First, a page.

NARRATOR:Listen to a conversation between a student and a theater professor.
MALE STUDENT:Hi, Professor Jones.
FEMALE PROFESSOR:Hey, didn't I see you at the performance of Crimes of the Heart last night?
MALE STUDENT:Yeah... actually my roommate had a small part in it.
FEMALE PROFESSOR:Really? I was impressed with the performance- there sure are some talented people here!What did you think?
MALE STUDENT:[was not impressed with the play or the acting performances] You know, Beth Henley's an OK playwright; she's written some decent stuff, but... it was a little too traditional, a little too ordinary... especially considering the research I'm doing.
FEMALE PROFESSOR:Oh, what's that?
MALE STUDENT:On the Polish theater director Jerzy Grotowski.
FEMALE PROFESSOR:Grotowski, yeah, that's a little out of the mainstream,pretty experimental.
MALE STUDENT:That's what I wanted to talk to you about. I had a question about our essay and presentation.
MALE STUDENT:Yeah, some of these ideas, uh, Grotowski's ideas, are really hard to understand,they're very abstract,philosophical-and,well, I thought the class would get more out of it if I acted out some of it to demonstrate.
FEMALE PROFESSOR:Interesting idea,and what happens to the essay?
MALE STUDENT:Well, I'll do the best I can with that, but supplement it with the performance-you know, bring it to life.
FEMALE PROFESSOR:All right... but what exactly are we talking about here?Grotowski, as I'm sure you know, had several phases in his career.
MALE STUDENT:Right. Well, I'm mainly interested in his idea from the late 1960s... Poor theater, you know, a reaction against a lot of props, lights, fancy costumes, and all that...so, it'd be good for the classroom.I wouldn't need anything special.
FEMALE PROFESSOR:Yes. I'm sure a lot of your classmates are unfamiliar with Grotowski- this would be good for them.
MALE STUDENT:Right, and this leads... I think there's overlap between his Poor theater phase and another phase of his,when he was concerned with the relationship between performers and the audience.I also want to read more and write about that.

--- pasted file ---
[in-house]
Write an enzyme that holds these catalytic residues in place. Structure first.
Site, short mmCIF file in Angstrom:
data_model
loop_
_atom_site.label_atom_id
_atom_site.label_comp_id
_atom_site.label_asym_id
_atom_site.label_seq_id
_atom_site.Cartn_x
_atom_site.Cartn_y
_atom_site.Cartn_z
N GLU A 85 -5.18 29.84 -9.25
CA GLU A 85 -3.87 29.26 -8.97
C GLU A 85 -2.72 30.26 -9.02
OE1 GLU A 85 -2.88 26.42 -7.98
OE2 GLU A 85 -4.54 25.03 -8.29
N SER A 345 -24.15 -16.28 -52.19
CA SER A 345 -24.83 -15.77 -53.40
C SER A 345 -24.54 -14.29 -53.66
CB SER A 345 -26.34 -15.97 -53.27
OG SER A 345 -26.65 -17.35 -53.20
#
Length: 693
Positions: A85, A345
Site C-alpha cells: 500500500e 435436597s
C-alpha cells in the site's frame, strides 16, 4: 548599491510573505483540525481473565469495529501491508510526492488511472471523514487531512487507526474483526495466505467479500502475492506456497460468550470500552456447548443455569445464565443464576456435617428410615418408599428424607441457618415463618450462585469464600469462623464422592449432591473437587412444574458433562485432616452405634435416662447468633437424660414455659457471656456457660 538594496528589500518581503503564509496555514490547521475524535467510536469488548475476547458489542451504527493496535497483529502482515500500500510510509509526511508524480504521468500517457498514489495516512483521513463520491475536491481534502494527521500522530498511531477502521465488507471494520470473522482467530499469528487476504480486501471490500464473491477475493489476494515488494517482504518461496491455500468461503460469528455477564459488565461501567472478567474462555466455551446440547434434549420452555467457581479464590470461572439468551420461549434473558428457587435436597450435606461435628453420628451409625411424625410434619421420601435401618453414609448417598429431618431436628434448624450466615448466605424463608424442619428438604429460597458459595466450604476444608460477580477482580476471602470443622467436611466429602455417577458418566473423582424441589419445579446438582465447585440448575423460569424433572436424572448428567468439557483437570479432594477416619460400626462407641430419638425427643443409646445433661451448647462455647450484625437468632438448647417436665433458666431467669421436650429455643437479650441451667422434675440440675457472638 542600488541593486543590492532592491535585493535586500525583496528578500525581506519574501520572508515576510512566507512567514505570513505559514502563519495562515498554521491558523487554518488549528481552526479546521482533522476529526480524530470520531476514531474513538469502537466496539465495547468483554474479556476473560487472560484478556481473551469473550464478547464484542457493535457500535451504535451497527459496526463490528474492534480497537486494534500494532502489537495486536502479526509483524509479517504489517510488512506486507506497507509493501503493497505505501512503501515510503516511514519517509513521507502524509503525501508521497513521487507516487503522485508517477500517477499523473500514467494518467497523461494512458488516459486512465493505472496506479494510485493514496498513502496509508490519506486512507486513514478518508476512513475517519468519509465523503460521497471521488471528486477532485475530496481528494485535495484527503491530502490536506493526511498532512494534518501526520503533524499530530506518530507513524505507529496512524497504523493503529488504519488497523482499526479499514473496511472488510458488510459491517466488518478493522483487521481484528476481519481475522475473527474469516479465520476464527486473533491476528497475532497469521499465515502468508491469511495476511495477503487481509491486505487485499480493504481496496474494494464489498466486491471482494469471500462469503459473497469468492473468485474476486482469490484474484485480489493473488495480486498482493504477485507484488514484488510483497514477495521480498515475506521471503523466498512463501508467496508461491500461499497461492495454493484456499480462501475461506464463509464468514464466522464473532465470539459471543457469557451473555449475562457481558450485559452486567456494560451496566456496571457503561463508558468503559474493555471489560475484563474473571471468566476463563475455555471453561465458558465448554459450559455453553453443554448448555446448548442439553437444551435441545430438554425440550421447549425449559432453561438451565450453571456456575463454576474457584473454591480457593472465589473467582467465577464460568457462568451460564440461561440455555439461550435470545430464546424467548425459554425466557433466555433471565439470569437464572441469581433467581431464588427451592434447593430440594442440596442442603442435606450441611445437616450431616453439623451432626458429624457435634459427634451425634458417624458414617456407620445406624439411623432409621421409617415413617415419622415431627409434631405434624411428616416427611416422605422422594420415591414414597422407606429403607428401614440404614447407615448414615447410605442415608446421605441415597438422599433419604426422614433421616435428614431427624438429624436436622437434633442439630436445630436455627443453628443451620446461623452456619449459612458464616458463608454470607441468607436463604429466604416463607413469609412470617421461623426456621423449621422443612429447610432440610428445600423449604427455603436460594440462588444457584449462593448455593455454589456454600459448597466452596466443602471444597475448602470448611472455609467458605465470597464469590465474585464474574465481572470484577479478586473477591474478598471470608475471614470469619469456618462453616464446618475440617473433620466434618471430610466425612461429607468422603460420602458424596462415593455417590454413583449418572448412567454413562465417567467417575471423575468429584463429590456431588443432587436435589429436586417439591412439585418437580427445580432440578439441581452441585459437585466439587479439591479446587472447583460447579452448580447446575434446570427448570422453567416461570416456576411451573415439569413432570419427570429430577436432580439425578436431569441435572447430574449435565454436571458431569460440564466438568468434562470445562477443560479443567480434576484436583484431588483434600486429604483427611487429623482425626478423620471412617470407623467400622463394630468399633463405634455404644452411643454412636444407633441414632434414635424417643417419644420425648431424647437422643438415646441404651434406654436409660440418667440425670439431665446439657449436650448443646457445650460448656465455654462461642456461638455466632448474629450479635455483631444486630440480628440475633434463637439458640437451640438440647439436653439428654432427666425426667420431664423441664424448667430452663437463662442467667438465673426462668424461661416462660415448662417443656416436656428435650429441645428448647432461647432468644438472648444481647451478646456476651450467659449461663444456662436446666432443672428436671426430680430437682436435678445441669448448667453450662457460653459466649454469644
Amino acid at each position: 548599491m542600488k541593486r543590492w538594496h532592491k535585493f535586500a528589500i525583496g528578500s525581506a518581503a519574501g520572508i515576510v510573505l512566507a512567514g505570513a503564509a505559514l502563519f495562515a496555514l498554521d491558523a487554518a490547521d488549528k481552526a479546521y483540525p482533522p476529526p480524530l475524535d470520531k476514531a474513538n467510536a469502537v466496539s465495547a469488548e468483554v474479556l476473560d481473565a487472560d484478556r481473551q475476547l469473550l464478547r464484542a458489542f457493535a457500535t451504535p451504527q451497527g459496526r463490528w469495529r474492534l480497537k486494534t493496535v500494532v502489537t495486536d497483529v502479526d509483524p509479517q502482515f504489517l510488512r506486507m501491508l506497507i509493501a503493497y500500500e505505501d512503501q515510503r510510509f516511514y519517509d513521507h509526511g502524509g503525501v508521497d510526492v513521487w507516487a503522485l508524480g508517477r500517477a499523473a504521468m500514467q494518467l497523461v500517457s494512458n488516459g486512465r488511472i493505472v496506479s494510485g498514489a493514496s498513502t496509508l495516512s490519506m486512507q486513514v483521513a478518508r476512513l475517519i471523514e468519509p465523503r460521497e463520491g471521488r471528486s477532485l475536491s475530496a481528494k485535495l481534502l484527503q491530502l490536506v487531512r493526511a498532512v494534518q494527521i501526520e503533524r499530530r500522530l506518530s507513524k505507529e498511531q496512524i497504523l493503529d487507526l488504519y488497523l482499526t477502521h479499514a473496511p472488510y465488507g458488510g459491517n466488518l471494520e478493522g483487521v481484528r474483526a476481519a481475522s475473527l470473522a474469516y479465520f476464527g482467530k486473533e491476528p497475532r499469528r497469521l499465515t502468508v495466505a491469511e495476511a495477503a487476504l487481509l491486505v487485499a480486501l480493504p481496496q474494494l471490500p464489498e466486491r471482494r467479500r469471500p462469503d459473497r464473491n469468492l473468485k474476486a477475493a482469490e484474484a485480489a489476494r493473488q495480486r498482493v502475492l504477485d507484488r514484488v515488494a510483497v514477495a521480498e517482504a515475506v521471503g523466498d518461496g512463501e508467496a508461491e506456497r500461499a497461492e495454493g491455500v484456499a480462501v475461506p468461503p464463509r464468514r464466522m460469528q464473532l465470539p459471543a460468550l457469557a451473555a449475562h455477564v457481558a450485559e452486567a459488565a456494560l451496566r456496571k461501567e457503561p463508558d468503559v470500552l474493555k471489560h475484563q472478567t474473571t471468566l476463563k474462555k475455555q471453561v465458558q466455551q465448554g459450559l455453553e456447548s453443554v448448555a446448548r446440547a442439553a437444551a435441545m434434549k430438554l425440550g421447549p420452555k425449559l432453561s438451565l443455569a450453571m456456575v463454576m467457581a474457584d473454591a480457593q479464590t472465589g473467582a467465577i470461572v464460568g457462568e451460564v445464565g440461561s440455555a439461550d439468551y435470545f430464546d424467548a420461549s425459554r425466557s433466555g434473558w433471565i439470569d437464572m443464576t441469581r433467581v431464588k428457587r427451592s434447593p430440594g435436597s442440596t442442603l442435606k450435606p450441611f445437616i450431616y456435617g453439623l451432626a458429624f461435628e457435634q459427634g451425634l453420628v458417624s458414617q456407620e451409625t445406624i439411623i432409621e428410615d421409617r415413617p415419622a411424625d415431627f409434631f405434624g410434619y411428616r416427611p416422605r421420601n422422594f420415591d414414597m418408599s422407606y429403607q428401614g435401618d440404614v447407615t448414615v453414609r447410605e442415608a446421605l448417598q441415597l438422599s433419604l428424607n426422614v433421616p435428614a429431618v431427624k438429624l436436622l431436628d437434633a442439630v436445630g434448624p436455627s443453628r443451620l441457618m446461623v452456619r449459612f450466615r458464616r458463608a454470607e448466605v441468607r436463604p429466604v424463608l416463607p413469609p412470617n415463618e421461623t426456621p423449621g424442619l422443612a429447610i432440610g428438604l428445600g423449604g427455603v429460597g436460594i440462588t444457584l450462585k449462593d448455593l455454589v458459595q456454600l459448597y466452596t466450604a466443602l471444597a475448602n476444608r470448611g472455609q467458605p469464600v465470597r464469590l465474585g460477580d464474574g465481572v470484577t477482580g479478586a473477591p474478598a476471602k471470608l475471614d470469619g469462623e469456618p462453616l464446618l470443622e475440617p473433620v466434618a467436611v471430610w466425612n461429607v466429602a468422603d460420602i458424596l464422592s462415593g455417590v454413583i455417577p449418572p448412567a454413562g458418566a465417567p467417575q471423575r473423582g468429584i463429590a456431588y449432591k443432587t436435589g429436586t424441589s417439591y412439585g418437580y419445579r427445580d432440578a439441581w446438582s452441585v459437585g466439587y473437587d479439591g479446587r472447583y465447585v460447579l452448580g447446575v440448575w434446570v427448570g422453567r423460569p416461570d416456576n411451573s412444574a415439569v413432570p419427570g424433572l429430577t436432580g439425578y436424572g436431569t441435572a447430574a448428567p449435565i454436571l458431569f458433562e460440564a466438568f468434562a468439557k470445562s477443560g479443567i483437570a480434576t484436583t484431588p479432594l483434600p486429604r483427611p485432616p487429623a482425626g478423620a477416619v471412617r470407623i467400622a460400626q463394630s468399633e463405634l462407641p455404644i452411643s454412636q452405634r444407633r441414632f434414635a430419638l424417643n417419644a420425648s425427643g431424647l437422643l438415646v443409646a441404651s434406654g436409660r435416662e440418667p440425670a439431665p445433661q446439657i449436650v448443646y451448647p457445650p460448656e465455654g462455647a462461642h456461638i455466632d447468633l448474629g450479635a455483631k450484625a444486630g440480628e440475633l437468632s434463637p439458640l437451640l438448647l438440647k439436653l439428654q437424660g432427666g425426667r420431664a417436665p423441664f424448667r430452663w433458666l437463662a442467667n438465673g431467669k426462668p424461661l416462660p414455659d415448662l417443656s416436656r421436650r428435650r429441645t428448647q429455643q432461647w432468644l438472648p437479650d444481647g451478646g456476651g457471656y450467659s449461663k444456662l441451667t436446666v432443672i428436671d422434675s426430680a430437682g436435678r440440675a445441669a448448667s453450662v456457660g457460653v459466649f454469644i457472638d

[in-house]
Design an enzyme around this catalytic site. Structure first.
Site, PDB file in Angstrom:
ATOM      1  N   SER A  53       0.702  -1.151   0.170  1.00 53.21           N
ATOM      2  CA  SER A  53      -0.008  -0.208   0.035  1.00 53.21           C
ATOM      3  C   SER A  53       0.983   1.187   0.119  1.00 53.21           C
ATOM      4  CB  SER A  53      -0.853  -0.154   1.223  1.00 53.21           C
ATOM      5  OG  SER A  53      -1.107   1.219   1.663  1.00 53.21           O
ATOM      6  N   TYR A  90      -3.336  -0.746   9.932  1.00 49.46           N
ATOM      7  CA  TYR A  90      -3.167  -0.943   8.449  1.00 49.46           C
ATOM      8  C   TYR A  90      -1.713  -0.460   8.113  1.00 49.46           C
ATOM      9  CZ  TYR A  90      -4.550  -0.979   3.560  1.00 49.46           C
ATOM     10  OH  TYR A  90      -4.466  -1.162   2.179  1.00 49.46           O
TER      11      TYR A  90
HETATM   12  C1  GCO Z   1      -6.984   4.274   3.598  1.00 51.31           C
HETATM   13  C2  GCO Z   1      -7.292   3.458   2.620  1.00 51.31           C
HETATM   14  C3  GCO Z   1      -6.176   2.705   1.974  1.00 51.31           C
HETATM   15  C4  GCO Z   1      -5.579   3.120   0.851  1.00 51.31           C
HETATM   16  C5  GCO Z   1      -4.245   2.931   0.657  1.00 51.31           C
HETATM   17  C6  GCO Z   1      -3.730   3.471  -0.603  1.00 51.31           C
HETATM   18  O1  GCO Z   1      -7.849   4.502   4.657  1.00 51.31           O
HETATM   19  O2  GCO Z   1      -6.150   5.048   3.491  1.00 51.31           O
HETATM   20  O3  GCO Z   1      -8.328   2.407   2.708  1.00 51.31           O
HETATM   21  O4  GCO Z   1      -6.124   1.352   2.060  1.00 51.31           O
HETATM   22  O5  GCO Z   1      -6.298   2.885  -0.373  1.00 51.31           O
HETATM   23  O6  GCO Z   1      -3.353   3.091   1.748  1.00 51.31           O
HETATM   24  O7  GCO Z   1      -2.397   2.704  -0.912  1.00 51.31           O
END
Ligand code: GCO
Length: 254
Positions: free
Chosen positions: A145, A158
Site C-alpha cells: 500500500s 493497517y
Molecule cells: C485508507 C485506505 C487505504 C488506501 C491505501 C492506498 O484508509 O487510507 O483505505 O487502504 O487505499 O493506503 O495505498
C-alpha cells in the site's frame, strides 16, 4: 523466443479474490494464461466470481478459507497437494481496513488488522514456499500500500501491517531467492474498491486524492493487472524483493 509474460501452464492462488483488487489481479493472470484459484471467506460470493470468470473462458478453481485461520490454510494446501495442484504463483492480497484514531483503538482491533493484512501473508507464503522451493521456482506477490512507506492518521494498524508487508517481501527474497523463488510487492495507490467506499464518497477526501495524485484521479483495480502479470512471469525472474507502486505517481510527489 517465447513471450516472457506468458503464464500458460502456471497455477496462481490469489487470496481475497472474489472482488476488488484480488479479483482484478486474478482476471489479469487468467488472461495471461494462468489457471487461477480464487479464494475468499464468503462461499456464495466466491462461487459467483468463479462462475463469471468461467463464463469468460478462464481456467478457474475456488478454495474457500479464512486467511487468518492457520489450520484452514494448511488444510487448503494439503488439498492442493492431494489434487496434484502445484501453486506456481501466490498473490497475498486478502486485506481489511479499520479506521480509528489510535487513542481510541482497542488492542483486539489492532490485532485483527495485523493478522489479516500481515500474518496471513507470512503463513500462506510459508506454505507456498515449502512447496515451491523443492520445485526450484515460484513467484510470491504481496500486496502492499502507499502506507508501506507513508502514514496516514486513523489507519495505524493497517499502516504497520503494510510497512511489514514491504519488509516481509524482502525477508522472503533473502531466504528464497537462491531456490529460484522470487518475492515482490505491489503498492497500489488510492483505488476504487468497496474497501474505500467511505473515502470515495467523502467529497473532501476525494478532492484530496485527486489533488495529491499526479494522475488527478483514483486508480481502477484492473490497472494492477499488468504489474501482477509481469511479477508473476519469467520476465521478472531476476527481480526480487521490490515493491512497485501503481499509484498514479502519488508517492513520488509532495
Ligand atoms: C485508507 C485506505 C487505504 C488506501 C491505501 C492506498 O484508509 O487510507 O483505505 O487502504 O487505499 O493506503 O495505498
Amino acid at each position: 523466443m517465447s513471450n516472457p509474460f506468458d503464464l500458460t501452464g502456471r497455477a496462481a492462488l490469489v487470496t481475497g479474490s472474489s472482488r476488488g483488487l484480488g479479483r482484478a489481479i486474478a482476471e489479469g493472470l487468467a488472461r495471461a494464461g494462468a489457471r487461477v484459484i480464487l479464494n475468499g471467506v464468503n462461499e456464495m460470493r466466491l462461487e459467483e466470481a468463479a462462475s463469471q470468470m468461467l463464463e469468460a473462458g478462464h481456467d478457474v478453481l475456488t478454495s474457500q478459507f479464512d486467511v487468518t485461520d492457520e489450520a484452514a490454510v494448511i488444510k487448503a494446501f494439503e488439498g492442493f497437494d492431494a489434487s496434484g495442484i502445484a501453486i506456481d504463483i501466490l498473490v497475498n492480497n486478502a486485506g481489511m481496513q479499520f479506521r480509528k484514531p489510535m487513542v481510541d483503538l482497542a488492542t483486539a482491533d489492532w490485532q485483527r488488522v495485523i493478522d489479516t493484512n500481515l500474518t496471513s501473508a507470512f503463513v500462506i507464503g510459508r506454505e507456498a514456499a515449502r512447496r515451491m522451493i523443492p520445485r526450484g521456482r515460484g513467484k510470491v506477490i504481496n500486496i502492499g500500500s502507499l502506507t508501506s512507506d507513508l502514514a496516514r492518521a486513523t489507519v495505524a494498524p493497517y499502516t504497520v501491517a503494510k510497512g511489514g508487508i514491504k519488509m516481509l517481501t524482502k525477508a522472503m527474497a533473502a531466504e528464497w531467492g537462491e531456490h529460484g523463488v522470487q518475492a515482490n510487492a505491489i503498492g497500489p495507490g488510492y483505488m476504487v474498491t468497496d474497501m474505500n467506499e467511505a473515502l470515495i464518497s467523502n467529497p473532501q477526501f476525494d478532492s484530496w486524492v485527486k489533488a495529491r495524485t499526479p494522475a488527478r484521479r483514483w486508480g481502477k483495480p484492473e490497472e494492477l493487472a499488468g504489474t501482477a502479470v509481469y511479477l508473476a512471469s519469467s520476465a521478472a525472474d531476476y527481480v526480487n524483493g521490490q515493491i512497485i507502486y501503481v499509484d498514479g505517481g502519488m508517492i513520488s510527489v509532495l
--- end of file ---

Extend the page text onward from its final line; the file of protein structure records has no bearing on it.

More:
FEMALE PROFESSOR:You know, I saw a performance several years ago...it really threw me for a loop.You know, you're used to just watching a play, sitting back...but this performance, borrowing Grotowski's principles, was really confrontational-a little uncomfortable.The actors looked right in our eyes, even moved us around, involved us in the action.
MALE STUDENT:Yeah, I hope I can do the same when I perform for the class.I'm a bit worried, since the acting is so physical, that there's so much physical preparation involved.
FEMALE PROFESSOR:Well, some actors spend their whole lives working on this...so don't expect to get very far in a few weeks...but I'm sure you can bring a couple of points across.And, if you need some extra class time, let me know.
MALE STUDENT:No, I think I can fit it into the regular time for the presentation.
FEMALE PROFESSOR:OK. I think this'll provide for some good discussion about these ideas, and other aspects of the audience and their relationship to theatrical productions.
FEMALE PROFESSOR：Grotowski, yeah, that’s a little out of the mainstream… pretty experimental.
MALE STUDENT：That’s what I wanted to talk to you about. I had a question about our essay and presentation.
MALE STUDENT：Yeah, some of these ideas, uh, Grotowski’s ideas, are really hard to understand—they’re very abstract, philosophical—and, well, I thought the class would get more out of it if I acted out some of it to demonstrate.